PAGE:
Bicycle Gearing and Gear Inches
2004-01-01 (updated 2012-02-01)
Most cargo bike and trikes have a variety of selectable gear ratios. A lower gear ratio is preferred when accelerating, pulling heavy loads, climbing hills, or riding into the wind to reduce the amount of pedaling effort required. A higher gear ratio is usually chosen when empty, going downhill, or when the wind is at your back to increase speed without having to pedal as fast.
Many novice cyclists make the mistake of choosing one gear and riding in the same gear most of the time. This limits their speed and increases their pedaling effort. Experienced cyclists, by contrast, change gears frequently. They start out in a low gear, then once their pedaling speed increases to a certain amount, they shift to the next higher gear. When their pedaling speed drops off, they shift to a lower gear. They try to maintain a nearly constant pedalling speed, or cadence, by frequently changing gears. This allows them to maintain a higher speed while reducing fatigue.
Bicycle Gearing Systems
On a bicycle, there are two sets of sprockets, the front sprocket to which the cranks are attached and the rear sprocket mounted on the hub. These are often referred to as the driving sprocket and driven sprocket, respectively, because one drives the other.
Usually there are multiple front and rear sprockets shifted by derailleurs to obtain different gear ratios. Some bikes or trikes may use an internal gear hub where most or all of the different gears are located inside the rear hub.
Gear Ratios and Gear Inches
The overall gear ratio of a bike, trike, or other type of human-powered vehicle (HPV) is determined by the size of the sprockets (gears) and the wheel diameter. The effective gear ratio of a particular sprocket combination on a bicycle is easily calculated using the following formula:
(# of teeth on driving sprocket / # of teeth on driven sprocket) X wheel diameter
If the wheel diameter is measured in inches, this formula produces a result in units of gear inches. Gear inches are often used to compare the gearing of different HPV's.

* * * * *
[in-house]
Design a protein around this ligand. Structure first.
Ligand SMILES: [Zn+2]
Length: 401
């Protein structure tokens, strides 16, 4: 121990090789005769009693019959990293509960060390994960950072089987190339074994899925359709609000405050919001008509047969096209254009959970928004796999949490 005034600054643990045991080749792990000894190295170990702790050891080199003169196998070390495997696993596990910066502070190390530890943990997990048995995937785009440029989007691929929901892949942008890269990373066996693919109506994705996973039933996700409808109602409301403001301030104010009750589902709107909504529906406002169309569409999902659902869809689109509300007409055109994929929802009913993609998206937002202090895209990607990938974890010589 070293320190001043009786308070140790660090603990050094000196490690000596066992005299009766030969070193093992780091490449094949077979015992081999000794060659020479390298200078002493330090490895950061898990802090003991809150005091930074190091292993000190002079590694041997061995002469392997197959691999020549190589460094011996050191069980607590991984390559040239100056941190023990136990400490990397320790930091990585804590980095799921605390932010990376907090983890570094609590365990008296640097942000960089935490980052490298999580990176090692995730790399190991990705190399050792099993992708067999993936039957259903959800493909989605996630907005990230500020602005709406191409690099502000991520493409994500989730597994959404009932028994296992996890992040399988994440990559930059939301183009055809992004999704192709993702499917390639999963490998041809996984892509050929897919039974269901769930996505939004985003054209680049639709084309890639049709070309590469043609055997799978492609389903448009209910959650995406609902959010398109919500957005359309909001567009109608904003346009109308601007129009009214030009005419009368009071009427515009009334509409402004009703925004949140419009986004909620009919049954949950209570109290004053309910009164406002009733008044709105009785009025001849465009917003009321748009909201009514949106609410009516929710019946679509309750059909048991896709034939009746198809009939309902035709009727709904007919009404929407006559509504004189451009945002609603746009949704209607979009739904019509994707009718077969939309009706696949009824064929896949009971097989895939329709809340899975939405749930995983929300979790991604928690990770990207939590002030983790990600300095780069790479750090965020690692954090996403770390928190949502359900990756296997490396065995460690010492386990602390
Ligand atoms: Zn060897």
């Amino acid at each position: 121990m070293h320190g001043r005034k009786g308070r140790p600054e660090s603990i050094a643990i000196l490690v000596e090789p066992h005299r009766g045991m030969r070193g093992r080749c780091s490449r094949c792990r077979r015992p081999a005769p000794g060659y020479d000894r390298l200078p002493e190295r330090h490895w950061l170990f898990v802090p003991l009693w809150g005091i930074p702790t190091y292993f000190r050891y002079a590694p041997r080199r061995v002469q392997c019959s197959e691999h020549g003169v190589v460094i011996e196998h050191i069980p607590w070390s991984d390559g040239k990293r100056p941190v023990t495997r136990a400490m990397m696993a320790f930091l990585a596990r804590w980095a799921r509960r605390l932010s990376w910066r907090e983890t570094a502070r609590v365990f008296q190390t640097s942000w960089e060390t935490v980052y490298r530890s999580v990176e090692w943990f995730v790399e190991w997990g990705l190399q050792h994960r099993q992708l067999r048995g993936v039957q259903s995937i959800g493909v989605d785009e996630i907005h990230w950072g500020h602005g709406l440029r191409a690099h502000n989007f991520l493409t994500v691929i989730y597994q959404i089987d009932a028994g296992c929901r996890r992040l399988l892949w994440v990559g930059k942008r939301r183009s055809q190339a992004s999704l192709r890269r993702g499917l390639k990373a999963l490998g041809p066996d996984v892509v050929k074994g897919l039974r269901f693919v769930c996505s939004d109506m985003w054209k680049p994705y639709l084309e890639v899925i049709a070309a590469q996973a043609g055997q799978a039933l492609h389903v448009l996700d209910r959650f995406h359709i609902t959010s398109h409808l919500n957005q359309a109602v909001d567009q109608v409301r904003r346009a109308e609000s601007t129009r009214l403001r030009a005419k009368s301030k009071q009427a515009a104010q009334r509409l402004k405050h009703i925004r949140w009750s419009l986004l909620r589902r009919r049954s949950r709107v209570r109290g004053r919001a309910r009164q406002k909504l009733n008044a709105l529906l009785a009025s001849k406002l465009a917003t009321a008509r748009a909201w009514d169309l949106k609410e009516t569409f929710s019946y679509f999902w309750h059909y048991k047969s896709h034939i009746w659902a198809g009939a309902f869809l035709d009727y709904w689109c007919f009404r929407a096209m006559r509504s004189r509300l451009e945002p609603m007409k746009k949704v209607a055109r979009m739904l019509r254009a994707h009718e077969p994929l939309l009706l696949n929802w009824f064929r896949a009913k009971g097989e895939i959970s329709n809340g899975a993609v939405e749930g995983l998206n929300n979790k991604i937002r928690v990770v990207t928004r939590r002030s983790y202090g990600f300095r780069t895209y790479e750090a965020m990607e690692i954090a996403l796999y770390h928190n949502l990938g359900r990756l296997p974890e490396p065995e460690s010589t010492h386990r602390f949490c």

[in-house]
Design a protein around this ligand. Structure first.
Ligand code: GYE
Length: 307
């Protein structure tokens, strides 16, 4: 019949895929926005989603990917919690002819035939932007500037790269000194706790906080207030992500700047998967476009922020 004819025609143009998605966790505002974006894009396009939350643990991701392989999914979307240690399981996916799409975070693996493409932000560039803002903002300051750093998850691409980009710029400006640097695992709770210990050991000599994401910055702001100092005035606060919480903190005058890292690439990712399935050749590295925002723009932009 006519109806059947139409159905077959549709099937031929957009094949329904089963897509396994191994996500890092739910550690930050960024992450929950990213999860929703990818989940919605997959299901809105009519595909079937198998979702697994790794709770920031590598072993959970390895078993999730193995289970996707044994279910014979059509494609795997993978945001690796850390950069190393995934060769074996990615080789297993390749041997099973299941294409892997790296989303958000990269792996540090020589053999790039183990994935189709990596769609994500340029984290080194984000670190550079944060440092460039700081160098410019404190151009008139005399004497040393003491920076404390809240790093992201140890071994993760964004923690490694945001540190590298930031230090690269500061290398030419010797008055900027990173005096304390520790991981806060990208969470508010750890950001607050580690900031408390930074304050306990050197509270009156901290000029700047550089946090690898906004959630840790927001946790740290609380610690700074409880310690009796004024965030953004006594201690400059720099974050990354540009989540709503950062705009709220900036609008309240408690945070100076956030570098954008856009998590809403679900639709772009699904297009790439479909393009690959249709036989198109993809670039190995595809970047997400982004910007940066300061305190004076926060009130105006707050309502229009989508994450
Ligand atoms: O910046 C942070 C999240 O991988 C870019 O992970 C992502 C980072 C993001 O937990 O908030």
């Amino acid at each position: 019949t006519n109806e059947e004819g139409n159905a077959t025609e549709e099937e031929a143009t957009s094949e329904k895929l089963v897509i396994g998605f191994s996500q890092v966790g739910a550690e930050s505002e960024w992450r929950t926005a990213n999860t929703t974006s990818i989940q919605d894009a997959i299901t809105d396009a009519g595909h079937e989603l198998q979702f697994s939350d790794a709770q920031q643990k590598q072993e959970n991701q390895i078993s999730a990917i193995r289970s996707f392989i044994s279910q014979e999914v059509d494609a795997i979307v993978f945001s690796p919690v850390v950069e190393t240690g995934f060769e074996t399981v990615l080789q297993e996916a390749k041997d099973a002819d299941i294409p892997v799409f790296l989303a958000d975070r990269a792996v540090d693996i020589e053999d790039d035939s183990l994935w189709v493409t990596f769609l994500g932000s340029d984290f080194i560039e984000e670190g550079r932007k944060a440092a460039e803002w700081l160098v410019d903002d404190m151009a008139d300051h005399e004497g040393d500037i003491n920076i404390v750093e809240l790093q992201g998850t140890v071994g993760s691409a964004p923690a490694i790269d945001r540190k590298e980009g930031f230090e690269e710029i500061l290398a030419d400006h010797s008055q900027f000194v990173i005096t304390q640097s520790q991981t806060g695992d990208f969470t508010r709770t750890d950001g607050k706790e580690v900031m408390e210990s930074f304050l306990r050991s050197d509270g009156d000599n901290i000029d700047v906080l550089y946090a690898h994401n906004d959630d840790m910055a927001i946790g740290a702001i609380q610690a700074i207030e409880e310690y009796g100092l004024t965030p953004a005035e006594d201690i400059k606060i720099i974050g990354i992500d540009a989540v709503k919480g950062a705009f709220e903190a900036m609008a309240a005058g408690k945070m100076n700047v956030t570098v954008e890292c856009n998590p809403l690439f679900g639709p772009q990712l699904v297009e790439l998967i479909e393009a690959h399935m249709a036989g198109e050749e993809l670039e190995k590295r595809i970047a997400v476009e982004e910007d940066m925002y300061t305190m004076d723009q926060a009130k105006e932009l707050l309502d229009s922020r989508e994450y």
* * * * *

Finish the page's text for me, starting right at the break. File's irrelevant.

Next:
If a bike has an internal gear hub, then the formula above is slightly modified:
(# of teeth on driving sprocket / # of teeth on driven sprocket) X wheel diameter X hub gear ratio
where the hub gear ratio is the gear ratio of the internal hub. This can be determined by watching how many times the wheel revolves for each revolution of the driven sprocket on the hub.
Mid-drives or idlers
Some trikes often have one or more additional sets of sprockets between the front and rear sprockets. These mid-drive or idler sprockets can result in a set of higher and/or lower gear ratios than is possible using just a single front and rear sprocket.
The formula under these circumstances is similar--just break the system down into a series of chain drives and multiply the gear ratios together:
drive ratio 1 X drive ratio 2 X wheel diameter
drive ratio 1 = # of teeth on driving sprocket on chain 1 / # of teeth on driven sprocket on chain 1
drive ratio 2 = # of teeth on driving sprocket on chain 2 / # of teeth on driven sprocket on chain 2
Again, when the wheel diameter is inches, the resulting number will have units of gear inches. This makes it possible to compare the gearing between bikes and trikes regardless of whether or not they have idler sprockets.
Gear Inches, Cadence, and Speed
Vehicle speed can be calculated from the cadence and gear inches of the gear combination used:
Speed = cadence (in rpm) X gear inches X pi / constant
pi = 3.142
constant = 1056 (for results in mph) or 644 (for results in Km/hr)
The Importance of Low Gears
If you've used our weight capacity calculator, you've probably noticed that a person can move the most weight when riding at slow speeds. Slow speeds are obtained with low gears. So, to carry heavy loads, it's important that a cargo bike or trike have sufficiently low gears.
How low? For loads of about 300 lb, we'd recommend a gear no higher than that found on a typical mountain bike (about 20 gear inches). For larger loads, the lowest gear should be even smaller.
However, very low gear ratios are of questionable value. For instance, a bike having an overall gear ratio of 11 gear inches pedaled at 90 rpm would be moving at less than 3 mph--less than walking speed. The need for a gear much lower than this probably isn't necessary.
Categories: Cargo Biking